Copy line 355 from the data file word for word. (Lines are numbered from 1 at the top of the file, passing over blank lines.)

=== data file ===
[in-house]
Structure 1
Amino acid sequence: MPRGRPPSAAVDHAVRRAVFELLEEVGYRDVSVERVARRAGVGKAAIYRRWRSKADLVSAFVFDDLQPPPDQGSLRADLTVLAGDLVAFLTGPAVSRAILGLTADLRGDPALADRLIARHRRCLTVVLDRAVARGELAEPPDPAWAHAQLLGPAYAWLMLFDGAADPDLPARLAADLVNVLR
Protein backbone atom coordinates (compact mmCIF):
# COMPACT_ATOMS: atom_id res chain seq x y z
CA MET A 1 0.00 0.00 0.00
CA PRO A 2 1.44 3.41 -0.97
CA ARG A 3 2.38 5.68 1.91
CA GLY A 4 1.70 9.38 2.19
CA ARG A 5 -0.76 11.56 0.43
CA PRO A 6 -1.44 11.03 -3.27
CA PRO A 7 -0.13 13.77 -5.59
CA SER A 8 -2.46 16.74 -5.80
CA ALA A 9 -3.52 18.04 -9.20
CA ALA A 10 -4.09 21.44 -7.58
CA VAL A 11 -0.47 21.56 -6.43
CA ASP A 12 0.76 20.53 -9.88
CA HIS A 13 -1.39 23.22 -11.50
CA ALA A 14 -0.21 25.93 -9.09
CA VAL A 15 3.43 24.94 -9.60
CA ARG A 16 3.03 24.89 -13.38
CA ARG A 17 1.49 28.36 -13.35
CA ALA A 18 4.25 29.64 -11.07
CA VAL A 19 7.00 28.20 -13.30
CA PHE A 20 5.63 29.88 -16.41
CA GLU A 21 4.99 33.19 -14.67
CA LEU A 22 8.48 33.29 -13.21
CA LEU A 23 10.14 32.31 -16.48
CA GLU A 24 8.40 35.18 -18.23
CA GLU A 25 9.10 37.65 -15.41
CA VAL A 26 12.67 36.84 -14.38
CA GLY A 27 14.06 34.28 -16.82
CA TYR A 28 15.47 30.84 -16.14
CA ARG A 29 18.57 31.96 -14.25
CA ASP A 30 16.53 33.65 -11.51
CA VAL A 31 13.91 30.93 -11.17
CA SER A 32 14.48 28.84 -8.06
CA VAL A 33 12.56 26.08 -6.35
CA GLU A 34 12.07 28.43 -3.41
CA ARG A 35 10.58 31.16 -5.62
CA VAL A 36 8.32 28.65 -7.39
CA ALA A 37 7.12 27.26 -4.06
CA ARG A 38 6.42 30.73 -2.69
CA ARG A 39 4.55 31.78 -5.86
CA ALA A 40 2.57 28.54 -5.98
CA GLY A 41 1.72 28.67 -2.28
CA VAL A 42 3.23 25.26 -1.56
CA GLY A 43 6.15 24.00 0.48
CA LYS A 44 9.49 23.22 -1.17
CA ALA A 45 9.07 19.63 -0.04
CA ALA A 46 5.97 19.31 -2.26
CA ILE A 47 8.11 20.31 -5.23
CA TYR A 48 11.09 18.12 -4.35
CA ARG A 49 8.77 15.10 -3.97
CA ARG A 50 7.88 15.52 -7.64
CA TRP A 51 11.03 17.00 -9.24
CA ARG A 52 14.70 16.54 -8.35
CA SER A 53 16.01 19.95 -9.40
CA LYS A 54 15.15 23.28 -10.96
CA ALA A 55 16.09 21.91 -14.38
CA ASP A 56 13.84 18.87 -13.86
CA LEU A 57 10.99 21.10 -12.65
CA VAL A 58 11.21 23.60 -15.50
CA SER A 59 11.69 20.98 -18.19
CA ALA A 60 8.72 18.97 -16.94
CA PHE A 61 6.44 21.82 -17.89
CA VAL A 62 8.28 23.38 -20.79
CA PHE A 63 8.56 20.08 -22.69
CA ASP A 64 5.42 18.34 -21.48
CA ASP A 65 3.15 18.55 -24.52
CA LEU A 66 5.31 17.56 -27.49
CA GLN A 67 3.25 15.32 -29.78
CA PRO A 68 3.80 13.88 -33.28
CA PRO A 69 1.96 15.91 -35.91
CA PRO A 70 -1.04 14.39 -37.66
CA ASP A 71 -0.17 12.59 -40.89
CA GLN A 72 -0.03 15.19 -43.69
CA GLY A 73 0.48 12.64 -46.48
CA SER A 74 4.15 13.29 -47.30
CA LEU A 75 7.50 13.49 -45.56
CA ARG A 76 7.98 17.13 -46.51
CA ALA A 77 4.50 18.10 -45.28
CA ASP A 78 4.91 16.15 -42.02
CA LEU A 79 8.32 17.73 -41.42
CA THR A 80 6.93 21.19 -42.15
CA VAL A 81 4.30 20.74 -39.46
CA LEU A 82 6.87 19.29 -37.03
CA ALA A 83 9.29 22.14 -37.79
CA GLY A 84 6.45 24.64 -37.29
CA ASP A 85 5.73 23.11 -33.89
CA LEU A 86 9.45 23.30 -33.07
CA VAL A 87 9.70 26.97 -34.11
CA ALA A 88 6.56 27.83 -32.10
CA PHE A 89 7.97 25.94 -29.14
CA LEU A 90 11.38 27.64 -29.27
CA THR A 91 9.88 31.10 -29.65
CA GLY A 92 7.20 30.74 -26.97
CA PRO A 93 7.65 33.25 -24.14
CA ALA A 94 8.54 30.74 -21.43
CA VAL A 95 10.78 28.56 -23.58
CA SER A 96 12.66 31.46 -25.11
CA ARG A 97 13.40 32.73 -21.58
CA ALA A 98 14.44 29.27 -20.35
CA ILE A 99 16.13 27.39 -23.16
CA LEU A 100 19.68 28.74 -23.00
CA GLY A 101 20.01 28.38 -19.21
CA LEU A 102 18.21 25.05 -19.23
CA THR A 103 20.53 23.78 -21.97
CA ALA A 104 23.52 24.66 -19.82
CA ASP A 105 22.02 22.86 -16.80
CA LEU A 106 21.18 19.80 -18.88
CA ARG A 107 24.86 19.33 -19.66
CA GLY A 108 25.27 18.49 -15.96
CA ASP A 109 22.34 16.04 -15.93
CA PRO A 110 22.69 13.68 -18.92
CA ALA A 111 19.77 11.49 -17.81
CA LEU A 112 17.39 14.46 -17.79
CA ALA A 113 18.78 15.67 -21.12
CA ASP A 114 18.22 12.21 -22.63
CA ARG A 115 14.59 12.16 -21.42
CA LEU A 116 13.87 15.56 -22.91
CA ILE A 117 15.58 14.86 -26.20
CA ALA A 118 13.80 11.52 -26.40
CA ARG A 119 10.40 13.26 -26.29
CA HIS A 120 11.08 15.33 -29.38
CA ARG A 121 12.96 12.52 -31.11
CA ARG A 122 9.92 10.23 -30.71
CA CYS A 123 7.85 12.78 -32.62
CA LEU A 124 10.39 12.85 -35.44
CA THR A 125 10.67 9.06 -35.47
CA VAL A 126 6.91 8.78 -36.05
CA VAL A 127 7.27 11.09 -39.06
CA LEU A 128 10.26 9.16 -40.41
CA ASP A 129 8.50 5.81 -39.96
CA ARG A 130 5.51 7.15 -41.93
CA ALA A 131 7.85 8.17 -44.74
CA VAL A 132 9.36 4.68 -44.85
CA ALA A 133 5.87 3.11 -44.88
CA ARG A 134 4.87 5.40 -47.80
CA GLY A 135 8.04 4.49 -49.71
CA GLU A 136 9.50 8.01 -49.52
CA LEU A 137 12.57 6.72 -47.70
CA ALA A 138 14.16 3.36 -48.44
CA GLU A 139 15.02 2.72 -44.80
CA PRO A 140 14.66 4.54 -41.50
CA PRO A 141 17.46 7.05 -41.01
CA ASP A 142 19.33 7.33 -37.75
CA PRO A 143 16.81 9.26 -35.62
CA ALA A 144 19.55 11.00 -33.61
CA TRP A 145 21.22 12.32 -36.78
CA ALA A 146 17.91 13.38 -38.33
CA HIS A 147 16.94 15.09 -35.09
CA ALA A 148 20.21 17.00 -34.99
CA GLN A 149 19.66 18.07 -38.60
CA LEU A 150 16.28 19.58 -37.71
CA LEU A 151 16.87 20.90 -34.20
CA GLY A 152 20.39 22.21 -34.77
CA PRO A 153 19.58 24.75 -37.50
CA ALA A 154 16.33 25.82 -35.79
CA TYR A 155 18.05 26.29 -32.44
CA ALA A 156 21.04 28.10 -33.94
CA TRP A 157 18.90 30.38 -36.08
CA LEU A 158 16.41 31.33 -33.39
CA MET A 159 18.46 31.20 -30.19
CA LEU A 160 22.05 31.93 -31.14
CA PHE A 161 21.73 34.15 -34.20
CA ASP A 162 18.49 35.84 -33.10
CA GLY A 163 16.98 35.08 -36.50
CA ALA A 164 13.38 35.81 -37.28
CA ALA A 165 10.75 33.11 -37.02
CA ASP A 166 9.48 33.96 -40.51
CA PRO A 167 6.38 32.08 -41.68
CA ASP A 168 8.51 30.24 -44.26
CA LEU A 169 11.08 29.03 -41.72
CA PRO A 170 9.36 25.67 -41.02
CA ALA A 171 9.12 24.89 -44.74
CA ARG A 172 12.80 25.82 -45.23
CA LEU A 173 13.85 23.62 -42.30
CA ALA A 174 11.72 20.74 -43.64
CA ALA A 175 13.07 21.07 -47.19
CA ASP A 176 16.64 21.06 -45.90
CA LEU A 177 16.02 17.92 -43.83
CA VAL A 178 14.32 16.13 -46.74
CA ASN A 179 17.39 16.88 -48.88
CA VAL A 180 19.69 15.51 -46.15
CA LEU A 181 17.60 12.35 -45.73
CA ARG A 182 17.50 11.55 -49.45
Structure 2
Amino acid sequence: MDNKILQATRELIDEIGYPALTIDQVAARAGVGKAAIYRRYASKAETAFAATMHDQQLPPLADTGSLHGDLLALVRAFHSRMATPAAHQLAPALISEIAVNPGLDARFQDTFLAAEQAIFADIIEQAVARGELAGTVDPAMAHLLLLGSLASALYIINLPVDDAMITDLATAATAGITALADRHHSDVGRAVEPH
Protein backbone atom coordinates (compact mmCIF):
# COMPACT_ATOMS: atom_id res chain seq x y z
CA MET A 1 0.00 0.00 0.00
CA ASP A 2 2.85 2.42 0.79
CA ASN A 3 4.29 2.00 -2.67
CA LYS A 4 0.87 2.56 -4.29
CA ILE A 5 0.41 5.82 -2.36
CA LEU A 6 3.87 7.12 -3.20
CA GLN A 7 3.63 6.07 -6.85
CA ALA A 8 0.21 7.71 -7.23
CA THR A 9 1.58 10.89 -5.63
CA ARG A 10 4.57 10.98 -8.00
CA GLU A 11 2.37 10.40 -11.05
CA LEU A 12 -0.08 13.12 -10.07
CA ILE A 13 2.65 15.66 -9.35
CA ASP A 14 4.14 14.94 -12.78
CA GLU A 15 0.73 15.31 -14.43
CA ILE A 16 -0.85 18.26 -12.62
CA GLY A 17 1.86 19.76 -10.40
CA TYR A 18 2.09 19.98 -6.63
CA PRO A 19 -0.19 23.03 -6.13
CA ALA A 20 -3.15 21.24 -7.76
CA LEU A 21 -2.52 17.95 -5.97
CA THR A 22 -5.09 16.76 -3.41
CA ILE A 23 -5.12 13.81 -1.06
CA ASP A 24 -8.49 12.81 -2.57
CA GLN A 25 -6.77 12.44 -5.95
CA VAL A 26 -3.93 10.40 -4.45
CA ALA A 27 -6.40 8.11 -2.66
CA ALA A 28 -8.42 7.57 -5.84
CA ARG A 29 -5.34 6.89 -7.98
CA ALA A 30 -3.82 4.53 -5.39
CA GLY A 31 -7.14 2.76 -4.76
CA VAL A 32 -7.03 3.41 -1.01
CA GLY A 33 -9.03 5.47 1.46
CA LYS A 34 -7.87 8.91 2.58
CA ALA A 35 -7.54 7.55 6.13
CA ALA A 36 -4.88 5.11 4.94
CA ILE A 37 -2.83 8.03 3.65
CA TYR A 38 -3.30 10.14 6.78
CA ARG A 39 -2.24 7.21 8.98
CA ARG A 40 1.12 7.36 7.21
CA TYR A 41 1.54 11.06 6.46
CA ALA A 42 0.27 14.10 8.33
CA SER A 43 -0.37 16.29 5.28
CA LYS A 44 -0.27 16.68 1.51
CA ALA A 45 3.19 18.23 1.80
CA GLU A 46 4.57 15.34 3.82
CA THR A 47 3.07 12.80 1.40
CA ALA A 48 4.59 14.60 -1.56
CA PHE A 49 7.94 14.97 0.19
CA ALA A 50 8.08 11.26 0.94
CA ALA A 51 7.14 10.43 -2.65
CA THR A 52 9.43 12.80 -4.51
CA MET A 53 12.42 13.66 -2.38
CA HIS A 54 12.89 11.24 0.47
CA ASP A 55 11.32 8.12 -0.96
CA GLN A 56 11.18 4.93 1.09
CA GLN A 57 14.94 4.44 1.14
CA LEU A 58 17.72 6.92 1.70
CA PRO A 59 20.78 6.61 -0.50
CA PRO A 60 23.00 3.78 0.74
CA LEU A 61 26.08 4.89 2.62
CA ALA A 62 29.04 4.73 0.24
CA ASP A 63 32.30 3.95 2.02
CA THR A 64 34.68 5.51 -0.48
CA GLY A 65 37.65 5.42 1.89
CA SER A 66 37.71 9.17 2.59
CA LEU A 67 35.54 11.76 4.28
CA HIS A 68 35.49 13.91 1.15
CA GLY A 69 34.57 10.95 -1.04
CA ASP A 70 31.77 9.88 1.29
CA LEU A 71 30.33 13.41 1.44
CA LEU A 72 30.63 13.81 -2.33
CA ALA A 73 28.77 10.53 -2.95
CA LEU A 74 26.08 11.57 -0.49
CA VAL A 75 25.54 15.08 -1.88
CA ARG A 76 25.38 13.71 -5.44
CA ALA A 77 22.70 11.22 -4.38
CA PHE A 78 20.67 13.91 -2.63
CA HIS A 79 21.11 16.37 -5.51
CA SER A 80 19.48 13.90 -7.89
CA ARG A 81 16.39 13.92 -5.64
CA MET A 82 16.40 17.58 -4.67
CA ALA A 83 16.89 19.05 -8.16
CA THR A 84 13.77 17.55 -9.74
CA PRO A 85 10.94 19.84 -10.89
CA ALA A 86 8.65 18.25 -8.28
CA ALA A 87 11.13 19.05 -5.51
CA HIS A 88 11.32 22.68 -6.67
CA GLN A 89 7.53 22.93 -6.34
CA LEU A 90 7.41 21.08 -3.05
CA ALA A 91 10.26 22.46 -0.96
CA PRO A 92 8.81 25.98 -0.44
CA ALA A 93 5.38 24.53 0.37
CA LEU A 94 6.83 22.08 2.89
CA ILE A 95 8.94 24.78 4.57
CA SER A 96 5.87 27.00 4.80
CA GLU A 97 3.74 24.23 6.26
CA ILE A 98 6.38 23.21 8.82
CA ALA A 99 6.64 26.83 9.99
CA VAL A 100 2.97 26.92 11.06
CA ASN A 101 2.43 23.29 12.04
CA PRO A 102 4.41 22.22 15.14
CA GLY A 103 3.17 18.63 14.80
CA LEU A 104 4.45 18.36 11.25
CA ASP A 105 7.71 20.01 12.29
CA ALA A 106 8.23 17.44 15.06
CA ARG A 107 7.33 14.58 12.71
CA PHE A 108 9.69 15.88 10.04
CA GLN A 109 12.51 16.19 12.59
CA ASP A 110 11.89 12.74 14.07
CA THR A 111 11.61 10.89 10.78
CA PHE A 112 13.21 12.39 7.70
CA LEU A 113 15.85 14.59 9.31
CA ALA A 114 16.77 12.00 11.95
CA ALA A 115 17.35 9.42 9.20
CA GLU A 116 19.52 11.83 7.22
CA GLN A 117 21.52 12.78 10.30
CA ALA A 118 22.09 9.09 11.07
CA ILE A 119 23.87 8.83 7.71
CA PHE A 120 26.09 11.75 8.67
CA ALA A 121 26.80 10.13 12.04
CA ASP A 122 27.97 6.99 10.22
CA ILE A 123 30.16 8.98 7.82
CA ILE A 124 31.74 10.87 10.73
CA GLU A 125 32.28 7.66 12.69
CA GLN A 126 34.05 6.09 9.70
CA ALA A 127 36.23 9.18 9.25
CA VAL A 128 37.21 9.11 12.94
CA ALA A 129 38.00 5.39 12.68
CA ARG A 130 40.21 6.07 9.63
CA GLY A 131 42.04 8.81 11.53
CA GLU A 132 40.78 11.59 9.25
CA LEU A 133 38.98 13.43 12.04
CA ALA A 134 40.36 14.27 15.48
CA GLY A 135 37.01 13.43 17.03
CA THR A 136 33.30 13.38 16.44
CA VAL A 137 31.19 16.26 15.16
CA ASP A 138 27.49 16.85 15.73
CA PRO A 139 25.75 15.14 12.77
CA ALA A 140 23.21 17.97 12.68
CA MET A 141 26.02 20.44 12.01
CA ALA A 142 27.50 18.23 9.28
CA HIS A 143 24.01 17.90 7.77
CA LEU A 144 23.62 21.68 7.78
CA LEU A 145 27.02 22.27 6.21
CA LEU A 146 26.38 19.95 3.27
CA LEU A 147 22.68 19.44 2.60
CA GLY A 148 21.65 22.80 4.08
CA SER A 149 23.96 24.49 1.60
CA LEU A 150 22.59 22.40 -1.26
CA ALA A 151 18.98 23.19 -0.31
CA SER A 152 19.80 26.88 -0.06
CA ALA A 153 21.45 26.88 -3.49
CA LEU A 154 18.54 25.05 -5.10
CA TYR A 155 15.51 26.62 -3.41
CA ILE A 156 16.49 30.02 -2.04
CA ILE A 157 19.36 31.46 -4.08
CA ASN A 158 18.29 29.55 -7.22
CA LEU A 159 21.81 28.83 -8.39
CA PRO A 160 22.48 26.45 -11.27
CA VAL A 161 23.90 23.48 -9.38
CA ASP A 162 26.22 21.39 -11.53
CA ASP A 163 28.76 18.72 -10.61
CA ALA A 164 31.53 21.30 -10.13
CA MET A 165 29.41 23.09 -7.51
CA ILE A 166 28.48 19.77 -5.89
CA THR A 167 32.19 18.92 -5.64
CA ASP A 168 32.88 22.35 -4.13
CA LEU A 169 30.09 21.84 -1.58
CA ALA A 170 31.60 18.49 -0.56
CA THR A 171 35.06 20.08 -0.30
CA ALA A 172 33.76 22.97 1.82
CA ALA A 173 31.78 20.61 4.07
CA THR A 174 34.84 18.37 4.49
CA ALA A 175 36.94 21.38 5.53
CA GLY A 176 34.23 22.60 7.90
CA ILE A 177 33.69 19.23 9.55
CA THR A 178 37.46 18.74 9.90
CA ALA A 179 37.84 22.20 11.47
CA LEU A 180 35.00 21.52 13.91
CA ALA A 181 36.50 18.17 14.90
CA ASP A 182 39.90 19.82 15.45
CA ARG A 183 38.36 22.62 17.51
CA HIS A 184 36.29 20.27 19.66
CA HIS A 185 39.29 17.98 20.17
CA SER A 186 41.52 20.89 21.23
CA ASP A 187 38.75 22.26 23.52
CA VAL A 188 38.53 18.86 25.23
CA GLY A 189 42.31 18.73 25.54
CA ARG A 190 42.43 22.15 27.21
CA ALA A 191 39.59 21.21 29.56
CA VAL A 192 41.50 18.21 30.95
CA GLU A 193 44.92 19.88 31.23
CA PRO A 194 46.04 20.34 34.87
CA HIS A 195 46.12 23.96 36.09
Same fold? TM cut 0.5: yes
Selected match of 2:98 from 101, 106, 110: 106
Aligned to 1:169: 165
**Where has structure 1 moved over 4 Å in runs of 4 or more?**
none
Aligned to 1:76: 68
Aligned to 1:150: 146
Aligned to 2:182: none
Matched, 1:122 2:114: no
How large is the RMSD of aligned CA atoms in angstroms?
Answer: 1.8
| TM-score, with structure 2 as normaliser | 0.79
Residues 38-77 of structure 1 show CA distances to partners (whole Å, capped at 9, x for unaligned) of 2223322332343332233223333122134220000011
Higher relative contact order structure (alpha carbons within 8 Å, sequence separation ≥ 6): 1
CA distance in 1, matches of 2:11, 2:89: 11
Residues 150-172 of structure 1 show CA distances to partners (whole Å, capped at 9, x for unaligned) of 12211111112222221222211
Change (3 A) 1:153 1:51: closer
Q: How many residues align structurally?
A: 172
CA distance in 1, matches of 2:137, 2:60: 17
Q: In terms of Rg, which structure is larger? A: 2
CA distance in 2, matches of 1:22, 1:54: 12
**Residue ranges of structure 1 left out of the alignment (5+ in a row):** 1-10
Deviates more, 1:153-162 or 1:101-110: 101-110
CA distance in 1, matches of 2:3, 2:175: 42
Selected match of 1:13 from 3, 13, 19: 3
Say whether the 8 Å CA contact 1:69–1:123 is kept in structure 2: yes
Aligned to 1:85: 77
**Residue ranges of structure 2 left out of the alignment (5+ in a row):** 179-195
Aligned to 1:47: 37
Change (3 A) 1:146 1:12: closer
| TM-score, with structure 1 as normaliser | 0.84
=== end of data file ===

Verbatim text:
CA ALA A 164 31.53 21.30 -10.13